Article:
Cooperation with Austin
There was obviously a blank in Nissan’s technical development due to the War II. To fill it, Nissan got a technical cooperation agreement with a British automobile manufacturer, Austin Motor Company in 1952. With the agreement, Nissan was not only allowed to produced and marked Austins for 7 years, but also got the rights to use Austin patents for its own engines’ development. These engines were equipped in its Datsun line of cars. Nissan produced 20,855 Austin cars from 1953 to 1959. In 1958, Datsun 210 won the Mobil gas Round Australia Trial, which let Nissan begin to show itself in the world car markets.
A great time in the 1960s
In 1959, Nissan released the Datsun Bluebird in Japan, which became an immediate success. It was also destined to be one of Nissan’s most successful models. This is just a beginning of a great time for this Japanese company in the 1960s. In the 1960s, Nissan leveraged Austin’s knowhow by releasing new products for a new generation, featuring in-house technology, such as the Nissan Cedric 30. In 1960, Nissan put more attentions on the American market, setting up its American company, Nissan Motor Corporation U.S.A.. In the next year, Nissan formed another two subsidiaries in Mexico and Australia.
Another big thing happened in the 1960s, was that Nissan merged with the Prince Motor Company, which brought more upmarket cars, like the Skyline and Gloria to the Nissan’s selection. The Skylines and Glorias succeed under the Nissan brand and the ‘Prince’ name was used at the dealership ‘Nissan Prince Shop’ until 1999. This is also the beginning of the GT-R series that was based on the Skyline. Another successive product beginning in the 1960s is the Sunny. The Sunny name was chosen by Nissan from 8 millions public letters in 1966, which is the first time in Japanese history and caused a private car craze in Japan.
When 1964 Summer Olympics was holding in Japan, to attract visitors, Nissan held a competition to choose five candidates as the first class of Nissan Miss Fairladys who introduced cars in its showroom. The Fairlady name became the name of a Datsun, Datsun Fairlady 1500 that eventually became the line of Z cars.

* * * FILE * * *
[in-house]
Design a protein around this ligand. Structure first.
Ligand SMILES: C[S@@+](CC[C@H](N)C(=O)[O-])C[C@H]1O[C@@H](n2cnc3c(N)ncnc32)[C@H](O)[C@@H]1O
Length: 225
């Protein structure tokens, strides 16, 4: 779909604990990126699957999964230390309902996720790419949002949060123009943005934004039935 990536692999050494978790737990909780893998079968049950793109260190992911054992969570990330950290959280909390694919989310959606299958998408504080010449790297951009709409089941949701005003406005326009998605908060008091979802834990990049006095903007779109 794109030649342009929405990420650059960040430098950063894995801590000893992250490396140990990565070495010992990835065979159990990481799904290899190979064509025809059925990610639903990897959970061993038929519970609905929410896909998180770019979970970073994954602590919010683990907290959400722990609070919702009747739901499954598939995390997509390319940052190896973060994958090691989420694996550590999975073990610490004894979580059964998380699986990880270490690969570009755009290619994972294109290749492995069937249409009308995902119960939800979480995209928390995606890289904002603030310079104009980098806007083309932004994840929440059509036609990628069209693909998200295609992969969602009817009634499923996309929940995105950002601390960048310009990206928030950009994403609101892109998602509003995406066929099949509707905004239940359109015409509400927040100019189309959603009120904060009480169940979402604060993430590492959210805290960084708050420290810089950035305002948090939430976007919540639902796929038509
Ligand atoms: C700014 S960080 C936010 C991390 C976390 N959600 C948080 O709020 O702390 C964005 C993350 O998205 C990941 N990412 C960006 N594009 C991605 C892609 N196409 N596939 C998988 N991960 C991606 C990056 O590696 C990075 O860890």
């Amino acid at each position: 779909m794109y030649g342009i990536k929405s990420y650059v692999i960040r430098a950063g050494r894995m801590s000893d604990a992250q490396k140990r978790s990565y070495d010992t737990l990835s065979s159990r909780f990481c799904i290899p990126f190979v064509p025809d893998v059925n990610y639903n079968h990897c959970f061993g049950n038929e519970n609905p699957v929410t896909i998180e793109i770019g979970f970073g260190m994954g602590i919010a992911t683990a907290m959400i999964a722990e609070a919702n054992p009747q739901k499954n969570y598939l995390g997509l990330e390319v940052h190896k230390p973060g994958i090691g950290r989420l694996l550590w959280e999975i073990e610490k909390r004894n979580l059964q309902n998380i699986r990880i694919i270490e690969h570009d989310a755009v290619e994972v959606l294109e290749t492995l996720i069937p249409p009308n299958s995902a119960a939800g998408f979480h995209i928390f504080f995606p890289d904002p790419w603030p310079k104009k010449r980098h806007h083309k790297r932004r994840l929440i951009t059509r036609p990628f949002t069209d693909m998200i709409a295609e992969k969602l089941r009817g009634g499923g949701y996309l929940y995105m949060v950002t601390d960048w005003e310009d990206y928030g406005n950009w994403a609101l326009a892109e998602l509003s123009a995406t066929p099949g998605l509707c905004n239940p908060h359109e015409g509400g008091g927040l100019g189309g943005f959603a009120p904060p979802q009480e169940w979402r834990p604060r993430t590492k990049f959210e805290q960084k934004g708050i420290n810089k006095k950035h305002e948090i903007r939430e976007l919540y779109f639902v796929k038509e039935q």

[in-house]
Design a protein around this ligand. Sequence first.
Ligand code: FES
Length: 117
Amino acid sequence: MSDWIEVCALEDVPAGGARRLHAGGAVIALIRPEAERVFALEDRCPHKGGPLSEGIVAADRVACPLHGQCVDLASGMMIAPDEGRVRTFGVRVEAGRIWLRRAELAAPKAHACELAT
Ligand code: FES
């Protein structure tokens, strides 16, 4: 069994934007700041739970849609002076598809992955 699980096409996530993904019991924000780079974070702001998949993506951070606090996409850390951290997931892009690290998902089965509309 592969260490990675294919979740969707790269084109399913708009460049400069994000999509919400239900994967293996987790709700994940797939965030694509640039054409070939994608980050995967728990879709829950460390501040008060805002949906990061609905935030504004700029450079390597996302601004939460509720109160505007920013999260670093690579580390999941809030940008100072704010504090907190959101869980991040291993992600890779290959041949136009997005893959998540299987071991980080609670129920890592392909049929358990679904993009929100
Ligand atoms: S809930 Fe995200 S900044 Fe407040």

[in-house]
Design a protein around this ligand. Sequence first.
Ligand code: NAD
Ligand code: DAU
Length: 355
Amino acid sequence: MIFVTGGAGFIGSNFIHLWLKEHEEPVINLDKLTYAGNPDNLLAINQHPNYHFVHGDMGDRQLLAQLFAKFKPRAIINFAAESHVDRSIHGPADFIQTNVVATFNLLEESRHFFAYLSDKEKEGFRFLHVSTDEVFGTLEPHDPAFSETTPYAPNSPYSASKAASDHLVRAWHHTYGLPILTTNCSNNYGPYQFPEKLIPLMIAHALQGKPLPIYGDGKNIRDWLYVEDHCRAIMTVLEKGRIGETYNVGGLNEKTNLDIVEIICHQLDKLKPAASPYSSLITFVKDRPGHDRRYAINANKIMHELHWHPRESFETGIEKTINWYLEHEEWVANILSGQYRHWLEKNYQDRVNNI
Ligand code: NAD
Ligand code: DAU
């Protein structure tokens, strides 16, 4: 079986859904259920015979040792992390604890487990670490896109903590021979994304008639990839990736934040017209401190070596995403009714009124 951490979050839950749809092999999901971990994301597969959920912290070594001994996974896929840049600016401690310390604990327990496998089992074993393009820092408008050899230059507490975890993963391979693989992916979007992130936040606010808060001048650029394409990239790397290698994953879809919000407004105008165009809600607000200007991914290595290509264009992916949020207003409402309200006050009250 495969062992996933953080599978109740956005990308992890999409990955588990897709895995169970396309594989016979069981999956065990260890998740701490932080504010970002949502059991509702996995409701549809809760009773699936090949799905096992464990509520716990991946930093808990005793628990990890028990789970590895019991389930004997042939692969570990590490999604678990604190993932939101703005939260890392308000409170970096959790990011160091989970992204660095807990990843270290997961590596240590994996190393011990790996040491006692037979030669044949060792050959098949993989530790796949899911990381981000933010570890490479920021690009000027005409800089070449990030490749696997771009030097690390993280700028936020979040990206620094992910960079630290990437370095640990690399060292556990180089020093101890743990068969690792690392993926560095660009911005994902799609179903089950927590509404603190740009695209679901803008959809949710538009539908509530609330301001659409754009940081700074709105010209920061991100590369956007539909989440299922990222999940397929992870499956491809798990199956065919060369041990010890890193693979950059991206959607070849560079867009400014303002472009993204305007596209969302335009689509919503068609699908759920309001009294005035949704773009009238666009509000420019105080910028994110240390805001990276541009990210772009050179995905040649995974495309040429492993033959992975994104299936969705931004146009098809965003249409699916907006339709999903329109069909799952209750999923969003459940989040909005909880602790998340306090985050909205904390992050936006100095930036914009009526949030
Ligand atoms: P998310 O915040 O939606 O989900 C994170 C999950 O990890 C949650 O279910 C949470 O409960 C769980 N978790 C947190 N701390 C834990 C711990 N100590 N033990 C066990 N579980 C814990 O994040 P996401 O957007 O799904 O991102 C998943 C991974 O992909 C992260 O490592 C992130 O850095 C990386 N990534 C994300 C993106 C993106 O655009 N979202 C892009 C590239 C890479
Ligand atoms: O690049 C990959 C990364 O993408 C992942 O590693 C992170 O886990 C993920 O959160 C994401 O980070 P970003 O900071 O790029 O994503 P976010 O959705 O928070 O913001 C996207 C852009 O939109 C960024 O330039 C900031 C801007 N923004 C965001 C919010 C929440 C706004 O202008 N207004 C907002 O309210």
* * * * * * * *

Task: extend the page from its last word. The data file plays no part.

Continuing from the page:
Thanks to the 1970s oil crisis, customers turned to good small economy cars in the world, which gave great opportunities to Japanese car companies like Nissan to extend their business. Nissan kept a good trend of development in the 1970s and 1980s
A new beginning for Nissan
After the rapid development from the 1950s to 1980s, Nissan really had a hard time in the 1990s. in 1999, due to severe financial difficulties, Nissan finally got a chance from Renault to survive. The Renault-Nissan Alliance signed on 27 March 1999, of which the two members had different company cultures and brand identities. The same year Renault sent its own COO Carlos Ghosn to Nissan as its COO. He carried out his “Nissan Revival Plan” and it really worked – Nissan got a record profits and the plan revitalized both the Nissan and Infiniti brand. Because of this great achievement, the Japanese government awarded Carlos Ghosn the Japan Medal with Blue Ribbon in 2004.
Carlos Ghosn with Nissan Leaf
In 2012, Nissan was the sixth largest automaker in the world and the second in Japan.
History-Nissan UK official website http://www.nissan.co.uk/GB/en/inside-nissan/corporate/history.html
Nissan Stories-Heritage-Nissan Global website http://www.nissan-global.com/EN/HERITAGE/STORIES/
Datsun History http://www.datsunhistory.com/home.html
Nissan History Nissan Global http://www.nissan-global.com/EN/HISTORY/
Wikipedia: Nissan Motor Company http://en.wikipedia.org/wiki/Nissan